The first officer to respond, a five-year veteran who did not want his name used, said he found the bleeding woman in the food bank parking lot, "nonresponsive and bleeding from the head." Firefighters joined him a few minutes later to aid the woman.
He began CPR on the woman while other officers began setting up a perimeter around the university.
Sgt. Dom Arotzarena, who was in charge of the first group of officers to respond, said when he saw the wounded woman and the blood trail from the university, "I just knew something was wrong." He began establishing a perimeter around the building and drove his police car onto the median to provide cover if needed.
An Oakland public school police officer who had gone to the front glass doors of the school found them locked, which was standard procedure during the day. Through the glaring glass he could make out a woman prone on the floor inside, not moving. Arotzarena could see a shell casing near the body and realized the woman had been shot. She was one of the dead.
Fearing the gunman was still inside and that there were more victims, a decision was made to break down the glass doors and begin searching.
"We were ready to shoot it out," Arotzarena said. "We didn't know what we were going to face. We had to go in. There was one down. We had to save lives."
At that point, some students who were not shot started running out the front door while others fled out a rear exit.
Police found more shooting victims inside or near the entrance to a nursing classroom, six feet from the front door. More ambulances were requested.
"In all my life I've never heard such dead silence, such eerie silence," Arotzarena said. "People were alive and shot but there was no screaming."
Heavily armed SWAT officers were summoned within a half-hour for a more thorough search of the premises. They did not know at the time that the gunman had fled. But SWAT officers did find more than a dozen students and school personnel hiding in various rooms behind locked doors, including one room the gunman had shot into in an apparent attempt to get inside and possibly continue his spree.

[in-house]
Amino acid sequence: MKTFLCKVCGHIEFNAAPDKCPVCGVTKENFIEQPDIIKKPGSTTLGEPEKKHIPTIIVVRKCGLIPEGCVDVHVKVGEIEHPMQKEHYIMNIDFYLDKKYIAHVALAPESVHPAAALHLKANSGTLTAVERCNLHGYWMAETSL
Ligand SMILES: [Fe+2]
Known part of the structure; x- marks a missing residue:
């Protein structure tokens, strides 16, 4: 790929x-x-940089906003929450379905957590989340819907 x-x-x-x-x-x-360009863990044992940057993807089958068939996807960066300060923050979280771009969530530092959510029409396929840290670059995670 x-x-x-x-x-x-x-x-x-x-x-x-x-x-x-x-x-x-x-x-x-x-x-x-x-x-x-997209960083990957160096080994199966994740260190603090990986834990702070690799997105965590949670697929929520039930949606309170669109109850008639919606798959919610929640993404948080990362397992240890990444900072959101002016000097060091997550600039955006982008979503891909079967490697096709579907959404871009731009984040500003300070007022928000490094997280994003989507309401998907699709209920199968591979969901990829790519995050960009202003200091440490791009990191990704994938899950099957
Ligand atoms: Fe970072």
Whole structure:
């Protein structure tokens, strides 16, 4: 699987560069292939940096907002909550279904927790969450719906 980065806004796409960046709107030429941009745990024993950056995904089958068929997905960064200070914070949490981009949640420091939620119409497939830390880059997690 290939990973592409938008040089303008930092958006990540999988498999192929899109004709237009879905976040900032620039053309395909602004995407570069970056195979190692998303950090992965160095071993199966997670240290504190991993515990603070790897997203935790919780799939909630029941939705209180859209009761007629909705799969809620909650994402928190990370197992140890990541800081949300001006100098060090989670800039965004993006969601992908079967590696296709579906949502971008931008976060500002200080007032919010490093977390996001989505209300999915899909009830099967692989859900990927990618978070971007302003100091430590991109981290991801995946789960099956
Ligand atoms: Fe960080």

Callers, though, had provided One's name and a description within a few minutes of the first call. Police were not sure how he fled the scene but say they later learned he took the car keys of a man slain and drove off in the man's Honda. The man was later identified as Bhutia.
One was arrested within 90 minutes at an Alameda supermarket, where he had told disbelieving employees and customers he had just shot a lot of people, police said.Within 30 minutes of the first call, scores of firefighters and paramedics and numerous ambulances had arrived and were dealing with the magnitude of the carnage.
Victims, some dead and some still alive, were being carried out in officers arms, in chairs or on gurneys. Four of the dead were covered by a tarp on the grass center median which also became a triage area of sorts as well as the food bank parking lot.
"It was a little intimidating," the five-year officer said of the carnage at the school.
"It was the worst I've seen in my five years."
He was among those trying to calm the students and school officials who had escaped unscathed and garner what information they could about what had happened.
It was not an easy task.
"I've never seen people that scared," the officer said. "They were crying and shaking. They were so terrified they could barely speak or get words out."